(ATTN: ADDS vice unification minister's comments in last 2 paras)
SEOUL, June 3 (Yonhap) -- North Korea has not responded to South Korea's offer to work together to stem the spread of African swine fever after Pyongyang recently confirmed the outbreak of the highly contagious animal disease, the unification ministry said Monday.
Last month, North Korea reported to the World Organization for Animal Health the outbreak of African swine fever at a farm in its northern region bordering China.
On Friday, the South proposed through an inter-Korean liaison office in the North's border city of Kaesong that the two Koreas work together to prevent the disease from spreading, and the North said it will review the proposal.
"We have not yet heard anything special (other than Friday's response) from North Korea," Lee Sang-min, the ministry's spokesperson, told a regular press briefing. "If anything new comes up, we will let you know."
African swine fever does not infect humans but can be fatal for pigs because it has no known treatment or vaccines. Since its outbreak in China in August, the disease has spread to neighboring countries, like Mongolia and Vietnam.
North Korea has not officially informed the South of the outbreak despite their agreement in November to share information on contagious illnesses in either side to combat and block the spread of contagious diseases across their border.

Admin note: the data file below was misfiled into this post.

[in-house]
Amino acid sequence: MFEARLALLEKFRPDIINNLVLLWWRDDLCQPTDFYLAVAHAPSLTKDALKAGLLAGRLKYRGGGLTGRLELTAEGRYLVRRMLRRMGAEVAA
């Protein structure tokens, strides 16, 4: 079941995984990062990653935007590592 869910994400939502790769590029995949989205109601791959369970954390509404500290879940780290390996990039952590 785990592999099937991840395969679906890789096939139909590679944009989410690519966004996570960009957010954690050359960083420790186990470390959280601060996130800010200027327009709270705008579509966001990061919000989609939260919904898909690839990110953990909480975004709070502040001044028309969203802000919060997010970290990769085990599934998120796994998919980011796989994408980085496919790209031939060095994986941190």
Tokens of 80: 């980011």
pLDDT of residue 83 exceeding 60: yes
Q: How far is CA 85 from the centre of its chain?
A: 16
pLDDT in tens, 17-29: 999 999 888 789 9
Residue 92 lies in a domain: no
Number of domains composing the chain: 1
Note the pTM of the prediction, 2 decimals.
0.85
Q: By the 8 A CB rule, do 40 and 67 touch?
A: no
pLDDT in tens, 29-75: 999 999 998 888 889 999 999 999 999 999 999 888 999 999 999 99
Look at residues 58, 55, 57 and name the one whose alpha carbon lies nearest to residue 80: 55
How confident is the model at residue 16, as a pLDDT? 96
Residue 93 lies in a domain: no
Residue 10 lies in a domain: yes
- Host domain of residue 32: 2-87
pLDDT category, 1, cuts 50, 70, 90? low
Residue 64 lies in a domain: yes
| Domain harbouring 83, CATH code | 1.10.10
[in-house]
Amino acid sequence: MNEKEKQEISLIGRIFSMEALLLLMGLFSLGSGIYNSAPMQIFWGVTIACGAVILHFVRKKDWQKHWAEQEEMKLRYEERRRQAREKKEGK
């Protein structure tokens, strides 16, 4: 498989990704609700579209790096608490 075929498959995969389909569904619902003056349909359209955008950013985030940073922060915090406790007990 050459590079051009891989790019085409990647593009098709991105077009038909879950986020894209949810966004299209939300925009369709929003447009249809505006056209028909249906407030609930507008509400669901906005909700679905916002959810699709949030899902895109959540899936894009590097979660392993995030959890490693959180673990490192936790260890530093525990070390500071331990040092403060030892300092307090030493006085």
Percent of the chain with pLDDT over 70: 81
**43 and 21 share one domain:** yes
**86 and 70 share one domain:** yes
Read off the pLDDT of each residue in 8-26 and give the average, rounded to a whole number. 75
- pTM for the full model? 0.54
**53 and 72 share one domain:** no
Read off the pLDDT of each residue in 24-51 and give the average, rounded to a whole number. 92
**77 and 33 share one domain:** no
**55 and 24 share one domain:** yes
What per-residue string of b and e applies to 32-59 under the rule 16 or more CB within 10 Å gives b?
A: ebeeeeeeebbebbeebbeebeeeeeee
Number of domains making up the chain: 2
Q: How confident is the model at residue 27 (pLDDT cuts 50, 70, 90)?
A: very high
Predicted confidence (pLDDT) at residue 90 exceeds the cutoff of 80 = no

The swine fever outbreak is feared to add to worries about the impoverished state's already strained food situation as it could devastate its livestock industry.
South Korea has stepped up its own preventive efforts to stem the spread of the disease to its farmers across the border, especially intensifying monitoring on livestock being raised along the border with North Korea.
The government held a meeting of relevant agencies and at-risk municipalities located near the inter-Korean border later in the day to draw up cooperative plans to fight a possible spread of the disease.
After attending the meeting, Vice Unification Minister Suh Ho told reporters that the government needs to consult with the U.S. on its push for cross-border cooperation with the North against the swine fever. Suh's comments are an apparent reference to the need for an exemption from global sanctions for the possible shipping of medication or equipment to the North to fight the disease.
Five years after its full nuke armament claim, N. Korea's threat becomes real, further complicated
(News Focus) S. Korea grapples with calls for nuclear armament
Talk of 'normalizing' GSOMIA raises hope, skepticism around Seoul-Tokyo ties
S. Korea, U.S., Japan close ranks amid growing N.K. threats
N. Korea says month-old virus crisis under control, but skepticism lingers